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1.
Neurol Sci ; 42(12): 5087-5092, 2021 Dec.
Article Dans Anglais | MEDLINE | ID: covidwho-1152023

Résumé

BACKGROUND: Face-to-face procedures have been postponed during COVID-19 pandemic. We aim to evaluate the impact of onabotulinumtoxinA follow-up delay in migraine during COVID-19 pandemic. METHODS: Subjective worsening, intensity of migraine attacks, and frequency of headache and migraine were retrospectively compared between patients with unmodified and interrupted onabotulinumtoxinA follow-up in Headache Units. RESULTS: We included 67 patients with chronic migraine or high-frequency episodic migraine under onabotulinumtoxinA treatment, 65 (97.0%) female, 44.5 ± 12.1 years old. Treatment administration was voluntarily delayed in 14 (20.9%) patients and nine (13.4%) were unable to continue follow-up. Patients with uninterrupted follow-up during lockdown presented 7.6 and 8.1 less monthly days with headache (adjusted p = 0.017) and migraine attacks (adjusted p = 0.009) compared to patients whose follow-up was interrupted, respectively. CONCLUSION: Involuntary delay of onabotulinumtoxinA follow-up in patients with migraine due to COVID-19 pandemic was associated with a higher frequency of headache and migraine attacks. Safe administration of onabotulinumtoxinA during lockdown should be promoted.


Sujets)
Toxines botuliniques de type A , COVID-19 , Migraines , Adulte , Maladie chronique , Contrôle des maladies transmissibles , Femelle , Études de suivi , Humains , Adulte d'âge moyen , Migraines/traitement médicamenteux , Migraines/épidémiologie , Pandémies , Études rétrospectives , SARS-CoV-2 , Résultat thérapeutique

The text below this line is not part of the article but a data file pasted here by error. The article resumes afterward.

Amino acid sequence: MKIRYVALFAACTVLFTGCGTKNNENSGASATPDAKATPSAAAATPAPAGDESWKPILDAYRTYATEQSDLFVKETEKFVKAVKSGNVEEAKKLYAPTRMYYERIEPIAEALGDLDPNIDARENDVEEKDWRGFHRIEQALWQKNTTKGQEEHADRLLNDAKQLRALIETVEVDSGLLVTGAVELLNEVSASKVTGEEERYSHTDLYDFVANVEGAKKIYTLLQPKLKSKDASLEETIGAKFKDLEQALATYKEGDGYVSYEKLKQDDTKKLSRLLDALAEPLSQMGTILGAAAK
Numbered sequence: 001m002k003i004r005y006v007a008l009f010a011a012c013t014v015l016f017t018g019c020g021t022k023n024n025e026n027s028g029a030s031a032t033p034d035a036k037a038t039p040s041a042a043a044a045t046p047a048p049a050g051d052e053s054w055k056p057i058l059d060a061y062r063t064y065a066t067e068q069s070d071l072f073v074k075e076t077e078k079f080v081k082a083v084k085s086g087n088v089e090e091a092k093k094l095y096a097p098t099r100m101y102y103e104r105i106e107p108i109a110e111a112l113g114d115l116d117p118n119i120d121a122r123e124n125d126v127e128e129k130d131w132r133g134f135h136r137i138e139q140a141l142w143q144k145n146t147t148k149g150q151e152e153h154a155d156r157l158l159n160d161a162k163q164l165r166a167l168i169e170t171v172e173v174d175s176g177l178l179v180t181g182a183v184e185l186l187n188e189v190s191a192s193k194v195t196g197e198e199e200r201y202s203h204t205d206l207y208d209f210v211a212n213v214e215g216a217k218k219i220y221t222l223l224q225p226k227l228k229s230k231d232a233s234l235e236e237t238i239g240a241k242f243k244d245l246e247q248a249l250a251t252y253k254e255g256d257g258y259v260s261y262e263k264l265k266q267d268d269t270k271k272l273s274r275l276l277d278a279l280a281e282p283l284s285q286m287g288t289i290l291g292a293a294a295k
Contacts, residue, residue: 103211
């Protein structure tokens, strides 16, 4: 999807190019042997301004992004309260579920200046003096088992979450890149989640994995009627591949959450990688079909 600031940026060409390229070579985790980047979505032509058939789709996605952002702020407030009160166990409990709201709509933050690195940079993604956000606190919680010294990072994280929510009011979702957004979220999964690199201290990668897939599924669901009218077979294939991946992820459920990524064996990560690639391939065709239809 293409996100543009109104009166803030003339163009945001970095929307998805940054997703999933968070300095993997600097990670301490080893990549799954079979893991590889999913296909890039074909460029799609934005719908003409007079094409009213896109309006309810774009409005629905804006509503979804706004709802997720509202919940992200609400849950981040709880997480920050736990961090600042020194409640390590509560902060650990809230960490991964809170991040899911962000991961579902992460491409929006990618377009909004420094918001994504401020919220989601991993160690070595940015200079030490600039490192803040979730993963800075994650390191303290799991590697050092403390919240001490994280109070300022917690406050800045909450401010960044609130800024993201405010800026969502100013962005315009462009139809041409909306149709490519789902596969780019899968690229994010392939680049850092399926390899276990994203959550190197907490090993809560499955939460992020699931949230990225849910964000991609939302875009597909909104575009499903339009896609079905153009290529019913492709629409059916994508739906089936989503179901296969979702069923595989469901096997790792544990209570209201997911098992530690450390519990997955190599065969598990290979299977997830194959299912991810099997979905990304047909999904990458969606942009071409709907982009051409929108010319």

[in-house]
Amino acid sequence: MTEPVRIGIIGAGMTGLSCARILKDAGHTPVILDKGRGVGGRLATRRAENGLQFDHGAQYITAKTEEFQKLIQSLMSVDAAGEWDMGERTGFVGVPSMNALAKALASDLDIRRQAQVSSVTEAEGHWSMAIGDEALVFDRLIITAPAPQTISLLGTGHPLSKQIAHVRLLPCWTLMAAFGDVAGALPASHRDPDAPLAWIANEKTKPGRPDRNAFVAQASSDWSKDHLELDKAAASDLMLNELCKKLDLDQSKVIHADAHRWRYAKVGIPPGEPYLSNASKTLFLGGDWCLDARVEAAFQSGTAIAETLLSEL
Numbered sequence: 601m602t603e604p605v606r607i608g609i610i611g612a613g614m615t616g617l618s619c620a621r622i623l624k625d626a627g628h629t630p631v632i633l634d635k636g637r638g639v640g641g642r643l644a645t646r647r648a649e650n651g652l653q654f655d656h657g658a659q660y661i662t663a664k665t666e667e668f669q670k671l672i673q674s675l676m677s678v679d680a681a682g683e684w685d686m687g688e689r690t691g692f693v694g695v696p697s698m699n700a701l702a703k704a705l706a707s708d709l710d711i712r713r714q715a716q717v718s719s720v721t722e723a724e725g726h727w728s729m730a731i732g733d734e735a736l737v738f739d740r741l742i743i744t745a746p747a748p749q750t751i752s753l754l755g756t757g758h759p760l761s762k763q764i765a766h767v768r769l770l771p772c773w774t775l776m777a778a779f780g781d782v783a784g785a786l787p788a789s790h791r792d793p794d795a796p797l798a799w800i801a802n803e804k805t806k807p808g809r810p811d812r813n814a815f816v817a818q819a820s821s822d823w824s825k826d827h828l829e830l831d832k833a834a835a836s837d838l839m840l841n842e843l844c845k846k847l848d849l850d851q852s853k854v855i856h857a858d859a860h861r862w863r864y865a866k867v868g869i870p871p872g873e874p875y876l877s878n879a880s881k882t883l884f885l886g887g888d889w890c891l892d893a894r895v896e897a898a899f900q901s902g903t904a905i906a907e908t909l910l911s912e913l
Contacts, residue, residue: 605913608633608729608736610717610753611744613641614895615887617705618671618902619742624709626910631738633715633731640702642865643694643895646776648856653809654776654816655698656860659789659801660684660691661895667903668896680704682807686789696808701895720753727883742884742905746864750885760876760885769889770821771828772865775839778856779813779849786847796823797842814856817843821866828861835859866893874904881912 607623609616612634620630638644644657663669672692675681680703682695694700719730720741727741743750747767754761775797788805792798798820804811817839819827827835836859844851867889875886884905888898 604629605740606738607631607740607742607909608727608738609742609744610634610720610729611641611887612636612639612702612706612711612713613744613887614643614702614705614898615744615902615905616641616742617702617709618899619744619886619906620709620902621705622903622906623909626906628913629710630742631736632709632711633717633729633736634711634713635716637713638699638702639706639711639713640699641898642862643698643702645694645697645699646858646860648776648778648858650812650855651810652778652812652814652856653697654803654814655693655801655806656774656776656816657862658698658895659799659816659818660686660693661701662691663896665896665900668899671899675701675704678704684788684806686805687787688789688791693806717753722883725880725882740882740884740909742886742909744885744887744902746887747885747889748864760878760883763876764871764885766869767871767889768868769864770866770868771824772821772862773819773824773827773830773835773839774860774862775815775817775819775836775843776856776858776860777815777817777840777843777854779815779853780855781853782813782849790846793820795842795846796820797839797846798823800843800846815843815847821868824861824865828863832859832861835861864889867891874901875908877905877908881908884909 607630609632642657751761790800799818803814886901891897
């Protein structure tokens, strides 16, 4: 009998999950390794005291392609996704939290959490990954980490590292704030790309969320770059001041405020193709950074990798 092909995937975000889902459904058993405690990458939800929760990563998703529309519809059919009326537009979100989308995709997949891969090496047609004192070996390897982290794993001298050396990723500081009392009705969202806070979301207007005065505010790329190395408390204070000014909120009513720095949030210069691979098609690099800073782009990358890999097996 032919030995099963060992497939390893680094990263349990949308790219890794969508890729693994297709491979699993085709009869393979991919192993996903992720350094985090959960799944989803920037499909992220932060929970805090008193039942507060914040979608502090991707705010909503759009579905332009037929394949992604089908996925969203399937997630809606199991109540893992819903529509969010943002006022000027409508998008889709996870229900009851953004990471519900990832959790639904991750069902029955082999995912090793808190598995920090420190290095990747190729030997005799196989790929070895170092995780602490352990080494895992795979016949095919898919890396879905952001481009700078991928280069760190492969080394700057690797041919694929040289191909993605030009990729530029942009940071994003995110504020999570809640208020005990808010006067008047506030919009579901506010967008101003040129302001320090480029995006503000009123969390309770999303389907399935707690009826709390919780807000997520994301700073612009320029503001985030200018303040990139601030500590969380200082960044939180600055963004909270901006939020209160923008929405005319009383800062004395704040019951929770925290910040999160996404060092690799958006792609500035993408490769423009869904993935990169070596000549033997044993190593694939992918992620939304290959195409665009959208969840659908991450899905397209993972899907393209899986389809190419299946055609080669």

2.
Pain Med ; 22(9): 2079-2091, 2021 09 08.
Article Dans Anglais | MEDLINE | ID: covidwho-1117434

Résumé

OBJECTIVE: Previous studies have demonstrated that emotional stress, changes in lifestyle habits and infections can worsen the clinical course of migraine. We hypothesize that changes in habits and medical care during coronavirus disease 2019 (COVID-19) lockdown might have worsened the clinical course of migraine. DESIGN: Retrospective survey study collecting online responses from migraine patients followed-up by neurologists at three tertiary hospitals between June and July 2020. METHODS: We used a web-based survey that included demographic data, clinical variables related with any headache (frequency) and migraine (subjective worsening, frequency, and intensity), lockdown, and symptoms of post-traumatic stress. RESULTS: The response rate of the survey was 239/324 (73.8%). The final analysis included 222 subjects. Among them, 201/222 (90.5%) were women, aged 42.5 ± 12.0 (mean±SD). Subjective improvement of migraine during lockdown was reported in 31/222 participants (14.0%), while worsening in 105/222 (47.3%) and was associated with changes in migraine triggers such as stress related to going outdoors and intake of specific foods or drinks. Intensity of attacks increased in 67/222 patients (30.2%), and it was associated with the subjective worsening, female sex, recent insomnia, and use of acute medication during a headache. An increase in monthly days with any headache was observed in 105/222 patients (47.3%) and was related to symptoms of post-traumatic stress, older age and living with five or more people. CONCLUSIONS: Approximately half the migraine patients reported worsening of their usual pain during the lockdown. Worse clinical course in migraine patients was related to changes in triggers and the emotional impact of the lockdown.


Sujets)
COVID-19 , Migraines , Adulte , Contrôle des maladies transmissibles , Femelle , Humains , Mâle , Adulte d'âge moyen , Migraines/épidémiologie , Études rétrospectives , SARS-CoV-2
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